I don't agree with PZ Myers' argument:
Declaring something to be a “poe” is a minimizing tactic; it’s a way to pretend that a real problem doesn’t exist. Are you really going to try to delude yourself and others into thinking that the Tea Party, Fox News, and the whole goddamned Repuclican party are an act put on by snarky liberals?
That's not really the impression I get.  When people call something a Poe, I don't think they are trying to deny the craziness of conservative religion.

In fact, my impression is the opposite.  What people mean is, "Okay, well maybe this time it was just satire, but the fact that some among us were fooled is a testament to how crazy fundamentalists have gotten!"

In other words, calling something a Poe is not a way of denying how crazy religion is.  It's a way of taking satire, which is something that constitutes no evidence whatsoever, and twisting it into still more confirmation that religion is crazy.

Instead of turning satire into confirmation bias, there are far more unflattering conclusions we can draw.  For instance, we could conclude that the person declaring "It's a Poe" is so unfamiliar with the fundamentalism they oppose, that they can't recognize it when they see it!  Or we could conclude that they are unable to recognize humor or unable to recognize sincerity.  Or perhaps satirists of religious fundamentalism are generally incompetent.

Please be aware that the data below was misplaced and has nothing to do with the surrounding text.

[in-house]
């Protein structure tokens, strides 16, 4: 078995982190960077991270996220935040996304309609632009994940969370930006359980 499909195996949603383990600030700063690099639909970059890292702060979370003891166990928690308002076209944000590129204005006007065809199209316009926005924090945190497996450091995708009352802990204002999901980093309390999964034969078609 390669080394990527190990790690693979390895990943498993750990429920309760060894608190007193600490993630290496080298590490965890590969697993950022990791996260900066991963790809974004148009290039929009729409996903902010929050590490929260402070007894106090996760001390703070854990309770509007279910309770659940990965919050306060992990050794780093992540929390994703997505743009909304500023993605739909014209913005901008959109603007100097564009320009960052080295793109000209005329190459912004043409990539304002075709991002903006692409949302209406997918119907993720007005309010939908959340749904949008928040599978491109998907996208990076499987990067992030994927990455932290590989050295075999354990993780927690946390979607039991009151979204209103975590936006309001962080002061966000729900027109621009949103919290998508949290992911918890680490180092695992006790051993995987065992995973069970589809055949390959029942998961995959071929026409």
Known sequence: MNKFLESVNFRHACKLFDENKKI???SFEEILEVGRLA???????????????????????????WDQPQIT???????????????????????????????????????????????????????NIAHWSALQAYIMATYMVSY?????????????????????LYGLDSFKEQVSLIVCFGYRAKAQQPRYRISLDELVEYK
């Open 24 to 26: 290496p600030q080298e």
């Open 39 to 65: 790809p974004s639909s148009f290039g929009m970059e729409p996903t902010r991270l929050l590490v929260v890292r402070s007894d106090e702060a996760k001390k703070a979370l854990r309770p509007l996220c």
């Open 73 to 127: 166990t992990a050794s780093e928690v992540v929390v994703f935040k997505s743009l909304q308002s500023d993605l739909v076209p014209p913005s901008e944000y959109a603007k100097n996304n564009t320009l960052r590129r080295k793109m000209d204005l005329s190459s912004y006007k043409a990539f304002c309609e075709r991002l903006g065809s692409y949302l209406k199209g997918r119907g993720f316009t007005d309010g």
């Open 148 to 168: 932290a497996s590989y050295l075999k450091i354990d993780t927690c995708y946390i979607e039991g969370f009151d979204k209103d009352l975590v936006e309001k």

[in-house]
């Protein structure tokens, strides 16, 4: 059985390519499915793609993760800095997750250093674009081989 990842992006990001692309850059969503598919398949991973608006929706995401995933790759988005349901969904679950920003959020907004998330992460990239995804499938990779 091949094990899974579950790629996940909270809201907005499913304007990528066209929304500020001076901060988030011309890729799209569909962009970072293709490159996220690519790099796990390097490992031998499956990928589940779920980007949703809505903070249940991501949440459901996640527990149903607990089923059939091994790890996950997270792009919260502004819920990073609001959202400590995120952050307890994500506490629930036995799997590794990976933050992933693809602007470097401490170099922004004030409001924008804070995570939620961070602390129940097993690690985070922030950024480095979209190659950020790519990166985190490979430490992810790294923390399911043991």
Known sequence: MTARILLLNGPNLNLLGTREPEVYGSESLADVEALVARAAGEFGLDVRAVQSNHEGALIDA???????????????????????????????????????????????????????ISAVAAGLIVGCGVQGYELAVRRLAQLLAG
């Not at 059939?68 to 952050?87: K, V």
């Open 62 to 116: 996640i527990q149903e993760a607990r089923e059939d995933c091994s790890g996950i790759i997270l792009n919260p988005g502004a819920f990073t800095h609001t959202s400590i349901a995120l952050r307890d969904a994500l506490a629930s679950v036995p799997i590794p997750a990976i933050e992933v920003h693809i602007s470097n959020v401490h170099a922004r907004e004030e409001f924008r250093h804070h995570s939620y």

Poe's Law, it's just a stupid internet meme.  People like it because it's a common cultural touchstone.  But like most stupid internet memes, its only value is self-referential emptiness.

Monday, October 22, 2012

Current research: All-nighters for science

Sometimes I run experiments at the Advanced Light Source.  You can read more about it here or here, but the basic idea is that there is a beam of electrons going around in a giant ring, just like a synchrotron particle collider.  But in a particle collider, they have to worry about losing energy to radiation; at the Advanced Light Source, the radiation is the whole point.  All around the ring, the x-ray radiation is used for a diverse number of experiments, from biology to materials science.

Anyway, the result is that thousands of scientists come every year to do experiments.  Even though there are a dozen different places around the ring where experiments can run simultaneously, "beam time" is in high demand.  So every semester there's this process where we propose experiments, and get assigned specific days to run experiments.  Typically, we get assigned 24 hour blocks.

So when I run experiments at the Advanced Light Source, that means I'm working for 24 hours straight.

Here's how a typical experiment might go:

Hour 1: I load samples into vacuum and wait for it to pump down.  I wait for the liquid helium to cool the sample.
Hour 2: I try to align the X-ray beam with the sample.  Is it not showing because it's not aligned or is one of the settings wrong?